Recap: IMSA Brickyard Grand Prix At Indianapolis

When the 2014 IMSA Continental Tire SportsCar Challenge Series made it’s third visit to the Indianapolis Motor Speedway (IMS) July 24-25, the drivers and teams were greeted with a different track layout than upon which they raced in 2013 and 2012. The 2014 Brickyard Grand Prix used the new 2.4-mile configuration at IMS along with a newly repaved surface. These changes meant a large amount of setup information teams saved from previous years was useless.

The IMSA Contiental Tire SportsCar Challenge’s visit to Indianapolis Motor Speedway has become of the highlights on the schedule. The opportunity to power through some of the legendary corners and across the yard of bricks (albeit the opposite direction) at Indianapolis is an item on most drivers’ bucket lists.

Run over the same weekend as the NASCAR Nationwide and Sprint Cup series, IMSA teams used Indy’s sports car track configuration on the Thursday and Friday prior to the oval track series’ race days on Saturday and Sunday. The compressed two-day schedule meant the crews had to work quickly to change chassis setup or worse repair crash damage before the next on-track session. Test sessions proved critical to finding the right setup on what was essentially a brand new course for each time.

After the dust settled from both practice sessions, Mustang fans will be pleased to learn that Billy Johnson and Ian James were the quickest in their No. 158 Multimatic Motorsports Mustang BOSS 302R 1:34.741 lap time. Eric Curran and Lawson Aschenbach were second quickest in their No. 01 CKS Autosport Camaro Z/28.R, followed by Riddle and Wilson in their Aston Martin Vantage.

But everyone knew that the Stevenson Motorsports Camaro Z/28.Rs would be fast, and in qualifying the Stevenson team showed their hand. Matt Bell put his No. 09 Stevenson Motorsports Camaro Z/28.R on pole with a 1:34.821 time. Bell barely edged out BMW factory driver John Edwards, who clocked a 1:34.838 lap in the No. 46 Fall-Line Motorsports BMW M3. Third on the grid was Ian James in the No. 158 Multimatic Motorsports Mustang BOSS 302R.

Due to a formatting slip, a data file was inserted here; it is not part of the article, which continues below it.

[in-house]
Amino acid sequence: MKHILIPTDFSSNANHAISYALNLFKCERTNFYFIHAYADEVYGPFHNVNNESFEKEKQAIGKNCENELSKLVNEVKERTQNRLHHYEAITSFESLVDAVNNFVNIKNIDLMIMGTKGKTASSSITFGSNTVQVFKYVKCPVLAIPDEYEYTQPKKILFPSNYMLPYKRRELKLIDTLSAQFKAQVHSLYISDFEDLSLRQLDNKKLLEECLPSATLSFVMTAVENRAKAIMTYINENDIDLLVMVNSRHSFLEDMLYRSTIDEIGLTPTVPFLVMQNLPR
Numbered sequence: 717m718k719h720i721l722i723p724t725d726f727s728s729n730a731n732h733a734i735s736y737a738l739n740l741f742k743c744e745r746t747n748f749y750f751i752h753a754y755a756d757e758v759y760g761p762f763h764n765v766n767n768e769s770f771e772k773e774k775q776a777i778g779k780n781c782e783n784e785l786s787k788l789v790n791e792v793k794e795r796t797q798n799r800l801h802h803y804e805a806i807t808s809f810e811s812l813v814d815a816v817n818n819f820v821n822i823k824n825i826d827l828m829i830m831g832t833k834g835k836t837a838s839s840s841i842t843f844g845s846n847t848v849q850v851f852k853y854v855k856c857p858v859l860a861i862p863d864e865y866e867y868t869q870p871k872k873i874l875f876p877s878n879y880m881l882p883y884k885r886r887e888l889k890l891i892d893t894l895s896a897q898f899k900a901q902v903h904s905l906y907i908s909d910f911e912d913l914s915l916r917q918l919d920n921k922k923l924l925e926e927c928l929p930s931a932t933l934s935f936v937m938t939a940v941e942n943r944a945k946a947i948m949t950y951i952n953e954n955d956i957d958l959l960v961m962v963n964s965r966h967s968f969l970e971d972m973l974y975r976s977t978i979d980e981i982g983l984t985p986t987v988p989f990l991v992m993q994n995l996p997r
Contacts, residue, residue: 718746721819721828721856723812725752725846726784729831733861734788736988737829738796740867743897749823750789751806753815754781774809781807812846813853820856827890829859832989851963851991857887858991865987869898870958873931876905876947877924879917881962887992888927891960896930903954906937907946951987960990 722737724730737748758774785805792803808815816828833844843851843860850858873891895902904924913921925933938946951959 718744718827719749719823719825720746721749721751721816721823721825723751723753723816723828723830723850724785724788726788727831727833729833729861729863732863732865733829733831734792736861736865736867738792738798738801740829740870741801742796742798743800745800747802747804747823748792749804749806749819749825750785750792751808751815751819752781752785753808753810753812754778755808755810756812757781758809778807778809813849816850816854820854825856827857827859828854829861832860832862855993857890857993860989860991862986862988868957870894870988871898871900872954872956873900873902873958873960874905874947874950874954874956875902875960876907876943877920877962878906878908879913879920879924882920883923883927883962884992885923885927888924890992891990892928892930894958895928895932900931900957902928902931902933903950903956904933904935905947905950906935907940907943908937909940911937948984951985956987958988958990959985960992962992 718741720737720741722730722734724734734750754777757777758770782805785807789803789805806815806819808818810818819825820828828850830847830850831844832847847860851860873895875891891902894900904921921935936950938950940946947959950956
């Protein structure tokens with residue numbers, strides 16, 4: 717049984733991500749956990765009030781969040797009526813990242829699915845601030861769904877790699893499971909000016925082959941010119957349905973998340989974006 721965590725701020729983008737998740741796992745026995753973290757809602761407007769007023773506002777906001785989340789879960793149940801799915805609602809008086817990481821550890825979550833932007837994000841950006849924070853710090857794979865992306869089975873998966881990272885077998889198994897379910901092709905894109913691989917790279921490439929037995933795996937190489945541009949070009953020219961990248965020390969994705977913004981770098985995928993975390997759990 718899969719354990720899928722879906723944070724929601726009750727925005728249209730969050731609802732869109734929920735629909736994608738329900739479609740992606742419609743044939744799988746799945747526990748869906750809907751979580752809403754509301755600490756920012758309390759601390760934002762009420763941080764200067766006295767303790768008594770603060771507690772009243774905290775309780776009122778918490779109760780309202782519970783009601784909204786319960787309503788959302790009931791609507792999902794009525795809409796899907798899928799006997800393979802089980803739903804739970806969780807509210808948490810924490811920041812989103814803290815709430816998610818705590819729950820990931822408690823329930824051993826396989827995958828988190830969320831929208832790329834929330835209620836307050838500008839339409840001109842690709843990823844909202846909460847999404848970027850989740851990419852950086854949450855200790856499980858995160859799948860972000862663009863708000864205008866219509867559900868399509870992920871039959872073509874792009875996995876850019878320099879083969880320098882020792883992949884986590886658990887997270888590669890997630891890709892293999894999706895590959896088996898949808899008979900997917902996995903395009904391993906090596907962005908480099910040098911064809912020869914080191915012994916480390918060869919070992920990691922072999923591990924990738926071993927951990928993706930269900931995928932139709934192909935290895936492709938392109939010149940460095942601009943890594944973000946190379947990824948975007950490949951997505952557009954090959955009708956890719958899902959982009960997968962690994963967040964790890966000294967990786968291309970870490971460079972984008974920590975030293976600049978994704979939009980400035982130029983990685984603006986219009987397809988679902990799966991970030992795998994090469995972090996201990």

Left: The No. 32 Phoenix American Motorsports Mustang BOSS 302R leads its sister car through turn eight during the first laps of Thursday morning’s practice session. Indianapolis Motor Speedway’s iconic pagoda is in the background. Right: Young gun Jade Buford and veteran Scott Maxwell paired up to drive the No. 15 Multimatic Motorsports Mustang BOSS 302R at Indianapolis. Maxwell qualified the car in 5th position.

Notably, Nick Longhi in the No. 13 Rum Bum Racing Porsche slid into the wall on the last turn on his “out lap.” The incident severely damaged the Porsche, and the team was forced to make repairs to the right-side suspension and gearbox late into the night.

On Friday, fans were treated to a combined IMSA TUDOR/Continental Tire SportsCar Challenge series fan walk on the track between turns six and seven. Fans could visit with drivers and cars in both series. As usual, there were plenty of autographs, “selfies,” and photos of kids behind the wheel of their favorite cars.